This notion of an insistently commanding authority was foreign to medieval theories of law and politics; they understood law less in terms of command than of custom and established precedent.
When Jean Bodin provided the first systematic account of sovereignty in his Six Books of the Republic (1576) — defining it as
the greatest power to command — he also stressed this distinction.
Custom takes its force little by little, he observed,
but law comes suddenly and takes its vigour from those who have the power to command everyone.
As theorists of sovereignty ranging from Hobbes and Spinoza to Rousseau would go on to argue, however, everything depends on the actual possession of just such power. Everything depends on the real, material acquisition of this capacity to actually command and prescribe.
Put differently, to will the end is always to will the means. To affirm the people (rather than a monarch or an aristocracy) as sovereign — if it is to mean anything at all — must mean a readiness to acquire and use all the means that the people might need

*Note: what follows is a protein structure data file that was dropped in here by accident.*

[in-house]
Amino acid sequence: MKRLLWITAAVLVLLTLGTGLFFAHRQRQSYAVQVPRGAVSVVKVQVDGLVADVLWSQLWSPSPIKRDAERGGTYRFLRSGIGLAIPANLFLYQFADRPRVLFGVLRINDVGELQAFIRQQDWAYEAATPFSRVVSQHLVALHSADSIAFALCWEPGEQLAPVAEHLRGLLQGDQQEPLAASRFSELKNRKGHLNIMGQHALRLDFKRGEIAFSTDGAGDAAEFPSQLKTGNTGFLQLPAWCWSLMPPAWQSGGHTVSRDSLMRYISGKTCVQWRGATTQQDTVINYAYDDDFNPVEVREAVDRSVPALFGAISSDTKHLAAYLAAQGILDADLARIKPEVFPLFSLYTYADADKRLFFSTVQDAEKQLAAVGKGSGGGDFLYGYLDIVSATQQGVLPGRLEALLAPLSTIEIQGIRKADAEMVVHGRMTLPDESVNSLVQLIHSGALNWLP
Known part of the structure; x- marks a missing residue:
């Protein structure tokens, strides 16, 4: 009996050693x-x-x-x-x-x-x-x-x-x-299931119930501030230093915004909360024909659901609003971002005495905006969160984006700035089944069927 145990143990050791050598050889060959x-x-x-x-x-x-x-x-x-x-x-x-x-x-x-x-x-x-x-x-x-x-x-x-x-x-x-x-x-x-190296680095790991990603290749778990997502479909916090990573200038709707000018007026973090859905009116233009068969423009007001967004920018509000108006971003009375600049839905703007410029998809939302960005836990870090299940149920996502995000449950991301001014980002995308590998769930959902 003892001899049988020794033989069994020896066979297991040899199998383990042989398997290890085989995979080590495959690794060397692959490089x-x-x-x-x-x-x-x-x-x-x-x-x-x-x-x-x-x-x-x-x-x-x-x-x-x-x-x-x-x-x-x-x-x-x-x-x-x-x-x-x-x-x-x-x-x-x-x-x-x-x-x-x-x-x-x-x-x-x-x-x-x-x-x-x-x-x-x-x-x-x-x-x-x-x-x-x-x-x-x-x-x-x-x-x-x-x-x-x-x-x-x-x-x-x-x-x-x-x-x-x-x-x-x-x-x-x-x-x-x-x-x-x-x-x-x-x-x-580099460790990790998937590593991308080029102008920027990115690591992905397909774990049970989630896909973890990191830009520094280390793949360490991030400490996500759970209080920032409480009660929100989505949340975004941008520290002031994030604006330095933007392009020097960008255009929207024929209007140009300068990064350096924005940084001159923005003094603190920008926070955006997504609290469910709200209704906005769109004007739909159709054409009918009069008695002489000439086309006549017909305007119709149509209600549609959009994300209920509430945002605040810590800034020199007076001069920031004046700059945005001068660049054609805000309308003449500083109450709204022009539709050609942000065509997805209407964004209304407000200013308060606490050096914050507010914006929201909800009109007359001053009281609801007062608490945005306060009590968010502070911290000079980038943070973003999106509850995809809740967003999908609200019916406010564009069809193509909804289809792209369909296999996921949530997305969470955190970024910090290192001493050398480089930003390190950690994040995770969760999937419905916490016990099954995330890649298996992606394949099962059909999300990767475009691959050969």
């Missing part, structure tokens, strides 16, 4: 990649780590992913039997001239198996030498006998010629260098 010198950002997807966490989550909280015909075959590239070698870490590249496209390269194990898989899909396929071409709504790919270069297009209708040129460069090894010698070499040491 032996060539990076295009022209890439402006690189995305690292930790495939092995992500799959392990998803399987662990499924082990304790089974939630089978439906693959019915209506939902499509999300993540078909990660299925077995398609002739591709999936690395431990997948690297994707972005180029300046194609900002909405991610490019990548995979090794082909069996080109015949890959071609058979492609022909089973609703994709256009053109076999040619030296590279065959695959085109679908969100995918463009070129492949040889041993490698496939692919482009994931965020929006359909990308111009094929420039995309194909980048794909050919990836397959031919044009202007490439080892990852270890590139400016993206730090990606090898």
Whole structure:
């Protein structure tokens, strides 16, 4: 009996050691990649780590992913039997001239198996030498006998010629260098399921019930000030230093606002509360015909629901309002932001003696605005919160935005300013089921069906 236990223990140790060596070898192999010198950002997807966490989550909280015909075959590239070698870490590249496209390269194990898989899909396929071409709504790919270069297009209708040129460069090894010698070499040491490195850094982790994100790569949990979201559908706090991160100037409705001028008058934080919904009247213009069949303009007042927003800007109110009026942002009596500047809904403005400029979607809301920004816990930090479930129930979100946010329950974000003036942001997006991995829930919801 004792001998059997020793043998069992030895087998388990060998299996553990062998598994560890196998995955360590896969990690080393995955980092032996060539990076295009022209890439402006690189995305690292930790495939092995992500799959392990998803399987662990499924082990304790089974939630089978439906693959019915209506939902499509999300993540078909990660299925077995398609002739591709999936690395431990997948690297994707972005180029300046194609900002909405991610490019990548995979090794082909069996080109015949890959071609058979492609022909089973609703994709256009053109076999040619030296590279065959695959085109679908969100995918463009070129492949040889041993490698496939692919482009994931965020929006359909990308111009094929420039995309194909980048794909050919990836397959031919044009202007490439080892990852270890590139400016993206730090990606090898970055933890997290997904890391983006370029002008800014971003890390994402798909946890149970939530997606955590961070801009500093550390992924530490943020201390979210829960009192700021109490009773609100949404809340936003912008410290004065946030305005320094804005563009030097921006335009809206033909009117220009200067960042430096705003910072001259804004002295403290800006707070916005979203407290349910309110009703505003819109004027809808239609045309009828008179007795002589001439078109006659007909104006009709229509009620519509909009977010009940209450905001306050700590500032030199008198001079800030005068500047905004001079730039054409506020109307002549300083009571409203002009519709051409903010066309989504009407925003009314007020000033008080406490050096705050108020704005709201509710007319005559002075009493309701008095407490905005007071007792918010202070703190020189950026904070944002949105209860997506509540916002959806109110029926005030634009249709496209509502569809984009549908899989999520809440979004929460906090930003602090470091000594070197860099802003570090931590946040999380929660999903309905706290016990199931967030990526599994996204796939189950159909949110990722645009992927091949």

to command everyone, and in particular to command those best placed to resist them, i.e. the rich and the privileged.
On this score, the Leave campaign certainly tried to tap into a theme that is currently being milked to great rhetorical effect by far-right parties all over the world. As the consequences of untrammelled capitalism continue to hit home, everyone from Marine Le Pen to Donald Trump is lining up to say that it’s time “to take back control.”
The irony is that these figures propose to reassert control by relying on precisely those inward-focused nation-state mechanisms that have already proved so powerless in the face of neoliberal globalization and capital flight.
It’s the ongoing processes of marketization, outsourcing, financialization, and so on that have devastated the lives and jobs of ordinary people, in the United Kingdom and everywhere else — far more than the unsettling shifts in migration patterns that follow in their wake.